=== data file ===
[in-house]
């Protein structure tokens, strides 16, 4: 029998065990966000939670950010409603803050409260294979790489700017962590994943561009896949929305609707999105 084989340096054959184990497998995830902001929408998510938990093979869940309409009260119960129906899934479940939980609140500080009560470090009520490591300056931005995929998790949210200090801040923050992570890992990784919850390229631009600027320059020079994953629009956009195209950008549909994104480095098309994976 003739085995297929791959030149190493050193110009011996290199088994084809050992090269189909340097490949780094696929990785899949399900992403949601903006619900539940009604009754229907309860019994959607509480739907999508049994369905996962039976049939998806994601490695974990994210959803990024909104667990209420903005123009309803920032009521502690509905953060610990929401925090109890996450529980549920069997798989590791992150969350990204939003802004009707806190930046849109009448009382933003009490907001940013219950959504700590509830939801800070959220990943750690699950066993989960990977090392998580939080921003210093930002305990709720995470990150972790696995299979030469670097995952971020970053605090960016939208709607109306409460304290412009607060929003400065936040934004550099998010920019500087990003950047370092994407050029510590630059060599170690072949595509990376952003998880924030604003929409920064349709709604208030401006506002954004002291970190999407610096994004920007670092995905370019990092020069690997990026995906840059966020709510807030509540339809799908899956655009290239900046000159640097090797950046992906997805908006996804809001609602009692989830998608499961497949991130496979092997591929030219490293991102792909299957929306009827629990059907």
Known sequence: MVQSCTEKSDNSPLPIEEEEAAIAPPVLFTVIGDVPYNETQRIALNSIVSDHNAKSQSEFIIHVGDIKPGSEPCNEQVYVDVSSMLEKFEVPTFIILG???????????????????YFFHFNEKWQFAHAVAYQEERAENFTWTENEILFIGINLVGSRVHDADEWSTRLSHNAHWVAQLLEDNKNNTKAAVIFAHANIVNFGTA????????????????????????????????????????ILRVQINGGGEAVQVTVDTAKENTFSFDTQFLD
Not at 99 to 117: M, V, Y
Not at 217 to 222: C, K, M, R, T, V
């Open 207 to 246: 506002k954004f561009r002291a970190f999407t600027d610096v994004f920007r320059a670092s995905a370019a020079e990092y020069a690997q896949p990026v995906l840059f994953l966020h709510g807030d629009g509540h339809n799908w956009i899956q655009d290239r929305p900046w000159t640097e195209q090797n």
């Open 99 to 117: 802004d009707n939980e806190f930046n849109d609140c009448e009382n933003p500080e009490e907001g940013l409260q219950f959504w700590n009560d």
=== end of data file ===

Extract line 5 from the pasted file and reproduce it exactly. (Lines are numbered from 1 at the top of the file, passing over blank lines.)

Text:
Not at 217 to 222: C, K, M, R, T, V